A taxpayer does not meet his burden if evidence on any essential element of his case leaves the Commission “in the nebulous twilight of speculation, conjecture and surmise.”[29]


In Missouri, property is classified as residential, agricultural or commercial/all other.In order to qualify for an agricultural classification, property must actually be used for agricultural purposes.[30]


In order to obtain a reduction in assessed value based upon discrimination, the Complainants must (1) prove the true value in money of their property on January 1, 2013; and (2) show an intentional plan of discrimination by the assessing officials resulting in an assessment of that property at a greater percentage of value than other property, generally, within the same class within the same taxing jurisdiction.[31]Evidence of value and assessments of a few properties does not prove discrimination.Substantial evidence must show that all other property in the same class, generally, is actually undervalued.[32]The difference in the assessment ratio of the subject property the average assessment ratio in the subject county must be shown to be grossly excessive.[33]No other methodology is sufficient to establish discrimination.[34]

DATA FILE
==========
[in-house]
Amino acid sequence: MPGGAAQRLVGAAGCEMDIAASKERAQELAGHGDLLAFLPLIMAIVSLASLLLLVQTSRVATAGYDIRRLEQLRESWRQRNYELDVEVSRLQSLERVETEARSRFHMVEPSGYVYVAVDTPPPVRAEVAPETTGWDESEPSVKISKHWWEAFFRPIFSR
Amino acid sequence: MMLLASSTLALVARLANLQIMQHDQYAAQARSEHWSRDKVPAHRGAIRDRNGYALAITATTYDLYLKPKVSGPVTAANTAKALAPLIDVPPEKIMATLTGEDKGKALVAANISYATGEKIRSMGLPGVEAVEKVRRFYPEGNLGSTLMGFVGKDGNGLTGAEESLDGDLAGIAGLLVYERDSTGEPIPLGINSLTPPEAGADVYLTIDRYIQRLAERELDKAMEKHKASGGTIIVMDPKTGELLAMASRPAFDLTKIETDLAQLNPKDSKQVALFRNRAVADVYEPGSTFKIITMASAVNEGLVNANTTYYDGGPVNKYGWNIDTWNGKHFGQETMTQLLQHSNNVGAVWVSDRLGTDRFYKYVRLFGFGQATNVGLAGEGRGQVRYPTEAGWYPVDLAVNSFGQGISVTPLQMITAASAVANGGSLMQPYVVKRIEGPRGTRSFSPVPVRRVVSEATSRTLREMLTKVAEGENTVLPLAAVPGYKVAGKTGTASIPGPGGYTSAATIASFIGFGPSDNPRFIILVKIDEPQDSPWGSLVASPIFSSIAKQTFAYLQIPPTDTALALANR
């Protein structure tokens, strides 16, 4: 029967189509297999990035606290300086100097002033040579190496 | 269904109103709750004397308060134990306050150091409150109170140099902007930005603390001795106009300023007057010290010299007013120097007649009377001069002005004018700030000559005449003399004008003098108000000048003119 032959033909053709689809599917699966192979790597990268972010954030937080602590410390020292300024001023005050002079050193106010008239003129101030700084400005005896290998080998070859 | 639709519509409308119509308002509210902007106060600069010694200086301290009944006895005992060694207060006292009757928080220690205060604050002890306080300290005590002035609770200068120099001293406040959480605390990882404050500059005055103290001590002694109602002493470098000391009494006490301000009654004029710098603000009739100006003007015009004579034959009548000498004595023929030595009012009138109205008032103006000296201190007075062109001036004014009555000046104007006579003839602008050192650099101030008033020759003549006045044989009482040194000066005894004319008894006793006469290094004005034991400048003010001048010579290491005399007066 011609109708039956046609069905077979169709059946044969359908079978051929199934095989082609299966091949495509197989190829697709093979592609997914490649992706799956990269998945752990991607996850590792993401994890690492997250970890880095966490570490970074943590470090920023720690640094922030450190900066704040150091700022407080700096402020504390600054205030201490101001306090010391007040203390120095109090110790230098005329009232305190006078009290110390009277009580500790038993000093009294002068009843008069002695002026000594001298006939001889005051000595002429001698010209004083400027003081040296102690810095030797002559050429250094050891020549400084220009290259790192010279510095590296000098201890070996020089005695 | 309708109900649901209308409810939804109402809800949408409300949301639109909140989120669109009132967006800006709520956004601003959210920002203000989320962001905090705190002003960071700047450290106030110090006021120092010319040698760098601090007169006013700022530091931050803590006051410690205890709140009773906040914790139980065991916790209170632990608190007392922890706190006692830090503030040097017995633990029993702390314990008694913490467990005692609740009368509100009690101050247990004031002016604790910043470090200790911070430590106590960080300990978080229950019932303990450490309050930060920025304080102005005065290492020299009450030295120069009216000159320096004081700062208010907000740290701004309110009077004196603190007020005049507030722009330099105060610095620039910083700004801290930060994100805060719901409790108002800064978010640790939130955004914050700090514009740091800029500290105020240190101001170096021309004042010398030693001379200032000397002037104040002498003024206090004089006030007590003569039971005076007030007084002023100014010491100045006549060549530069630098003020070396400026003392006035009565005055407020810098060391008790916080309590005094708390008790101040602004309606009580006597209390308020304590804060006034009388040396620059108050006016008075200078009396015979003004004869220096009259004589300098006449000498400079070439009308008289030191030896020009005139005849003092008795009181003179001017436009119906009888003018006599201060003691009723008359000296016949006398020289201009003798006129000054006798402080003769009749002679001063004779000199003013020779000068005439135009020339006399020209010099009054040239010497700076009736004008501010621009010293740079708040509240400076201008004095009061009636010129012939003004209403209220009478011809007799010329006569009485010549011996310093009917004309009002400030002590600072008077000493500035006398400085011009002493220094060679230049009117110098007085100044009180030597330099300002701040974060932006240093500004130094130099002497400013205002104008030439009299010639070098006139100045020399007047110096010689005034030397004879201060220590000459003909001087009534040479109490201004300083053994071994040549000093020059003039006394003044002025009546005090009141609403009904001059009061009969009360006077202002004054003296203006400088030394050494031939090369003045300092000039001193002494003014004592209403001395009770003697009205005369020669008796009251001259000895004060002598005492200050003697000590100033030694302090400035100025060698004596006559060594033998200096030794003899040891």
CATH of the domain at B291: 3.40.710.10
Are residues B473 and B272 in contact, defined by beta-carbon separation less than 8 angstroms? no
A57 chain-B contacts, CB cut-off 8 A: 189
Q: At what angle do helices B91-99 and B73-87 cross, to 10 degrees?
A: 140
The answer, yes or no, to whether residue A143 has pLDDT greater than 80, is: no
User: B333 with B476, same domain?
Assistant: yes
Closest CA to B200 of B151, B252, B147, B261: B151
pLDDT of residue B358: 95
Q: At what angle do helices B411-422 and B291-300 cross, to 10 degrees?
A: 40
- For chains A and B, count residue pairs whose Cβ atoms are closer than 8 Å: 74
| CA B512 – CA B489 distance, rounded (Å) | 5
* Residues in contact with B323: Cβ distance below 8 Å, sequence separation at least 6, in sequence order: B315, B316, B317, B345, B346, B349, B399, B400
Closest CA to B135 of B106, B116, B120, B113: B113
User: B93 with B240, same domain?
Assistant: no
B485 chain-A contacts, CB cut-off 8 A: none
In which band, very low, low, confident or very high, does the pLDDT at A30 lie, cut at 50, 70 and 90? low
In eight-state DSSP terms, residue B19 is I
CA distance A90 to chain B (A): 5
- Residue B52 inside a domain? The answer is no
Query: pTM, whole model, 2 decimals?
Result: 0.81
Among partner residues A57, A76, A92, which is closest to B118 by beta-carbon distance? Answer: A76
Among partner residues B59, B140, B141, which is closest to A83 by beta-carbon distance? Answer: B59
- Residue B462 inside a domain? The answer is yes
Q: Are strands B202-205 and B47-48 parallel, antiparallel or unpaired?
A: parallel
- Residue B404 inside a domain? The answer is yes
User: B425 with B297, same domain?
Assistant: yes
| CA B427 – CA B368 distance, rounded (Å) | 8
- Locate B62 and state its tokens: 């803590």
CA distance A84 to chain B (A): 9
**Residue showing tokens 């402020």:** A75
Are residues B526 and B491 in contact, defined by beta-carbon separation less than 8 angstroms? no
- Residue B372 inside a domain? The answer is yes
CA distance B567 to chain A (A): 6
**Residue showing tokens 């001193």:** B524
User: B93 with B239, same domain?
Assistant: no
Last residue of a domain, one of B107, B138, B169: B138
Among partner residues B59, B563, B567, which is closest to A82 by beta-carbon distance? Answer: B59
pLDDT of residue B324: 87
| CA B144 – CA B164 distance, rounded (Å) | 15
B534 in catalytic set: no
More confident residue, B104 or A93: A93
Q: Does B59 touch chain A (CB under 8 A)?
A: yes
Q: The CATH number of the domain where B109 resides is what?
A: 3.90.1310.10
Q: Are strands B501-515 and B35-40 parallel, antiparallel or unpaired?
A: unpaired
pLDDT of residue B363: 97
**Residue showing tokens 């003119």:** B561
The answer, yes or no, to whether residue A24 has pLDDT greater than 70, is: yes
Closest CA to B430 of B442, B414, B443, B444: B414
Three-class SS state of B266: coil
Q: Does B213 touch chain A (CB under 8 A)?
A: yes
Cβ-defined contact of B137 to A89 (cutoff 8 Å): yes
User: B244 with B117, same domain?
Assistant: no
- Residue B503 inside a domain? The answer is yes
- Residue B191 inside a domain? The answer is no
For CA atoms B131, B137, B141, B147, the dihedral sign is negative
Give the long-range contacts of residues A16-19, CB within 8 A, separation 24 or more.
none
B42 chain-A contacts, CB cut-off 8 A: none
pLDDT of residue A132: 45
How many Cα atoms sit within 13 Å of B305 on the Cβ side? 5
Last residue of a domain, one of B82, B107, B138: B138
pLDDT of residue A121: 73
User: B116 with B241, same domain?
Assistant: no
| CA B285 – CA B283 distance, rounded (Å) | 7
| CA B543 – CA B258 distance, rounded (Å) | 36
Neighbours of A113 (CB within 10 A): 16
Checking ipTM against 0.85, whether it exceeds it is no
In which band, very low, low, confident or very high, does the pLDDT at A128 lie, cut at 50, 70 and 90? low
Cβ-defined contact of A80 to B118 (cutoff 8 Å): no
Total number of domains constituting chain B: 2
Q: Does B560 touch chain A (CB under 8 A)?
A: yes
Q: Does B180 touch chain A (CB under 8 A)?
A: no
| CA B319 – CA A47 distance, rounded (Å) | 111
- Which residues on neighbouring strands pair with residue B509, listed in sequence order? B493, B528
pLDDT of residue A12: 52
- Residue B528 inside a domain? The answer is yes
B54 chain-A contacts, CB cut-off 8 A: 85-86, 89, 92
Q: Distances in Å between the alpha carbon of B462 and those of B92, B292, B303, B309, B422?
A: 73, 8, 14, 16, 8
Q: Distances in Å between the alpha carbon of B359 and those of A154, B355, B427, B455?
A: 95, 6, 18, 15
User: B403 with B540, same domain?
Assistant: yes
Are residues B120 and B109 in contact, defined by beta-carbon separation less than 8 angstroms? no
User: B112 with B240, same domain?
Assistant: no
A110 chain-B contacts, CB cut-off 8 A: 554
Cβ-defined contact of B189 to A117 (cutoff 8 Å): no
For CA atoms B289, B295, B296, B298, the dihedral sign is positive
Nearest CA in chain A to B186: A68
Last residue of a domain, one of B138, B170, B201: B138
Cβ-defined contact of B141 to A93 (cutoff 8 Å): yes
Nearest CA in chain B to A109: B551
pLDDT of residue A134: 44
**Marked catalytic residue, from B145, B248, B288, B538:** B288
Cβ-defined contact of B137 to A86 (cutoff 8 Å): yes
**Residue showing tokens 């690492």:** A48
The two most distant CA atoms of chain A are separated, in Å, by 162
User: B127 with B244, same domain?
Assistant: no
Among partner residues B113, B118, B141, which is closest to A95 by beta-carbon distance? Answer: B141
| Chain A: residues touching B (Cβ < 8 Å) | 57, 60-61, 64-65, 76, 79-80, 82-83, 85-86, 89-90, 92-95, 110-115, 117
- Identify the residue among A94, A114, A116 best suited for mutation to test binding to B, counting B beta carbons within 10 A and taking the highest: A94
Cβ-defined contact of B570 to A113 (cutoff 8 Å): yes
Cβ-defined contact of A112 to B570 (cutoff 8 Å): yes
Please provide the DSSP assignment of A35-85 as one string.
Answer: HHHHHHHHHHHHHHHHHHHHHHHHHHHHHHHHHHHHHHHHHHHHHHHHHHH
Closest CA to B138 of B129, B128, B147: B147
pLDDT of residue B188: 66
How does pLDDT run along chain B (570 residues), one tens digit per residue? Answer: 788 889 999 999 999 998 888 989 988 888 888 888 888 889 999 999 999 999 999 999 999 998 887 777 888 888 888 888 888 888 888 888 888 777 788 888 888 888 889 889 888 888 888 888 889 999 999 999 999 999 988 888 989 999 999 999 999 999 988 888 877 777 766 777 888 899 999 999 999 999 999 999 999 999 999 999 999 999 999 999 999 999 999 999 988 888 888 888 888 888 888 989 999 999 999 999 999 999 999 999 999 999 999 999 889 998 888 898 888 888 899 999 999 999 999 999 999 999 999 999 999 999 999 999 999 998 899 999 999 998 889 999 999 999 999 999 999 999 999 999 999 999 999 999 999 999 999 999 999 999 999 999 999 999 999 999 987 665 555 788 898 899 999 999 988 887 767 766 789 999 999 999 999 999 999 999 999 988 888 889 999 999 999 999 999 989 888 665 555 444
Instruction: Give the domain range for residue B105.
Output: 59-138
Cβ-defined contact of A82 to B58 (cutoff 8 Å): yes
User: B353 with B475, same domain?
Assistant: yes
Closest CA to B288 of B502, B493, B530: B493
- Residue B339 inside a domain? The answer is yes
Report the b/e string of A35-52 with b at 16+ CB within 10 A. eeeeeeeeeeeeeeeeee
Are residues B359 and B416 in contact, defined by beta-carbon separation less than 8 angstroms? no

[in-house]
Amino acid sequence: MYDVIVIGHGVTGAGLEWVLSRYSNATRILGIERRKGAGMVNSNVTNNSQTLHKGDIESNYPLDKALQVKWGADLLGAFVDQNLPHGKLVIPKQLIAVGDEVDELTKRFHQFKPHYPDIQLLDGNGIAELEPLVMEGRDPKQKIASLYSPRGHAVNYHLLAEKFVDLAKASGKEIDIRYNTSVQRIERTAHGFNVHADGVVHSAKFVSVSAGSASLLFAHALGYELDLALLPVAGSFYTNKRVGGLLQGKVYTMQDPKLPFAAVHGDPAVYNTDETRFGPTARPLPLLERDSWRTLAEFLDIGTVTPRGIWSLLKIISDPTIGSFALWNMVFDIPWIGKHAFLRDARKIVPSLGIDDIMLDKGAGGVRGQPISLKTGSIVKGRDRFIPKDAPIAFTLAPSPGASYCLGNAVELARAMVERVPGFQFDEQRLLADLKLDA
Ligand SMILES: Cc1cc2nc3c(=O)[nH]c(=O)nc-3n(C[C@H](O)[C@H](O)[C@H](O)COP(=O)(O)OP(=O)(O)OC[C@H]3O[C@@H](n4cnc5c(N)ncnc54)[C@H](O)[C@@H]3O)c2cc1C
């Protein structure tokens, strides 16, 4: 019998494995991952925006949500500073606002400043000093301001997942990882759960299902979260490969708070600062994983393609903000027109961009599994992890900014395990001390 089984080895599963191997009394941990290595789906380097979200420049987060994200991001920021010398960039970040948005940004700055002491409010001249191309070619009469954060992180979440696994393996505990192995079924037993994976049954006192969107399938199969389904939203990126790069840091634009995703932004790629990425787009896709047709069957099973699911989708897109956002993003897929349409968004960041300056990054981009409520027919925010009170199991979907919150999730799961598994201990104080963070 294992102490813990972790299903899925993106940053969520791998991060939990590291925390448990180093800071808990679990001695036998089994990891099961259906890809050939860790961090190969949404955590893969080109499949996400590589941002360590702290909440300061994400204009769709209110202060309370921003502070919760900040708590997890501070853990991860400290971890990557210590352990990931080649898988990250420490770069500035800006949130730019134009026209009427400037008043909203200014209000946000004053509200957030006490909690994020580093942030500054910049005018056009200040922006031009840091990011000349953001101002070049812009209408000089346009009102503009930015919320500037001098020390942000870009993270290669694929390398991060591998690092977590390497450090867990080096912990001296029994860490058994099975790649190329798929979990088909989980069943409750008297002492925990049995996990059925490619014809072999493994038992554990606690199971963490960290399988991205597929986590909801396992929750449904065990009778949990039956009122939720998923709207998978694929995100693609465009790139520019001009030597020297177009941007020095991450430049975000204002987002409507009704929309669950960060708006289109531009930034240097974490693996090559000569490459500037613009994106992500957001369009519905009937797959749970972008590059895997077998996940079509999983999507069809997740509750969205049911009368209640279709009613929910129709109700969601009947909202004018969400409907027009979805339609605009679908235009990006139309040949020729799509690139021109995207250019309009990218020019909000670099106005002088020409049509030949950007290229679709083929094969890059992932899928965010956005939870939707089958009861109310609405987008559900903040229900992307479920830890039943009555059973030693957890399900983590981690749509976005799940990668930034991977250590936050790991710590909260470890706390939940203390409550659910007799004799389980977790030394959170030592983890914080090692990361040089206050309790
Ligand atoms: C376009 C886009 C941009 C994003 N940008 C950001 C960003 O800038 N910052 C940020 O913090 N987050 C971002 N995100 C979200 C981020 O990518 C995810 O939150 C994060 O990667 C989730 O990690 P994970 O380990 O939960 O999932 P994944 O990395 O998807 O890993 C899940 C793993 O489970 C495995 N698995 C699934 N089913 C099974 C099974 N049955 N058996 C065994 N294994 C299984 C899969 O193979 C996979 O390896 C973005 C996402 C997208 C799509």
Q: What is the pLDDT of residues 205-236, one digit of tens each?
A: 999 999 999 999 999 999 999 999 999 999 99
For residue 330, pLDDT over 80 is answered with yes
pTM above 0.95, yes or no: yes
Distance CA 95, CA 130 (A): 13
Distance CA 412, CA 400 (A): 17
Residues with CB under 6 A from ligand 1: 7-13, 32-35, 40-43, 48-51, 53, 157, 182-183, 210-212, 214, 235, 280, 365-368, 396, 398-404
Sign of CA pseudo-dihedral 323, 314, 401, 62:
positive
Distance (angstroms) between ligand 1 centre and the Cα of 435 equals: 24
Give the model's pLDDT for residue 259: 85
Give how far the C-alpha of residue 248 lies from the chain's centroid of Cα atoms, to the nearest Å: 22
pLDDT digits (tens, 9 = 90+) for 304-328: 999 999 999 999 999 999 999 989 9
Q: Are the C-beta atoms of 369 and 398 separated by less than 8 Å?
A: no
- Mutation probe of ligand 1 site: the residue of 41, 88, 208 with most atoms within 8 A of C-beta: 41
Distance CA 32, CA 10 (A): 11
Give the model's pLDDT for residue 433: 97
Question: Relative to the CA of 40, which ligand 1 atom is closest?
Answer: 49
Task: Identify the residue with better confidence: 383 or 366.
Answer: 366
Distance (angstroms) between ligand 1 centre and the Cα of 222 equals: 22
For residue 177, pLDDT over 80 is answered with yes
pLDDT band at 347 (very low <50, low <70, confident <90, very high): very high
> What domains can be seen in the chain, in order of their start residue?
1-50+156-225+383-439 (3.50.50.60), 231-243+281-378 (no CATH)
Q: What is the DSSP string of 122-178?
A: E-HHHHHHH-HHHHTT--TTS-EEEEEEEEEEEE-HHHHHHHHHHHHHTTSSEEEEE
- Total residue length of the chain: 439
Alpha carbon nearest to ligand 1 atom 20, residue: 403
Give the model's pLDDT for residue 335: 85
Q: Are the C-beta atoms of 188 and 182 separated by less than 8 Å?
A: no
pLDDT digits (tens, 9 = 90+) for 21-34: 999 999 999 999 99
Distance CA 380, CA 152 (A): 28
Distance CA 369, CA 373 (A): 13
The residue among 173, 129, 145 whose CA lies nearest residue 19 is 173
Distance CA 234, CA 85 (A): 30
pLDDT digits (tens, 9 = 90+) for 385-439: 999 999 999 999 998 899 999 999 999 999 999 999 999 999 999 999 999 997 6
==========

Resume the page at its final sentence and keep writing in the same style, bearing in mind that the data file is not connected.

Complainant Failed to Present Substantial and Persuasive Evidence

Complainant presented only his opinion of value for the subject property.While that opinion has some weight, it does not establish value where it is based upon an auction price of a property in 2010.Market value of the property on January 1, 2013, may not necessarily be the same.Complainant failed to meet his burden of proof to establish that the property would have sold for no more than $200,000 on January 1, 2013.

Complainant failed to establish an agricultural use for his 10,752 square foot garage.From Complainant’s own testimony, most of the garage had no agricultural use at all.The only agricultural use Complainant could point to was the housing of a couple of tractors.Testimony as to the storage of two tractors does not provide substantial and persuasive evidence that the property was “devoted primarily to the raising and harvesting of crops”, and the presumption of correct assessment is not rebutted.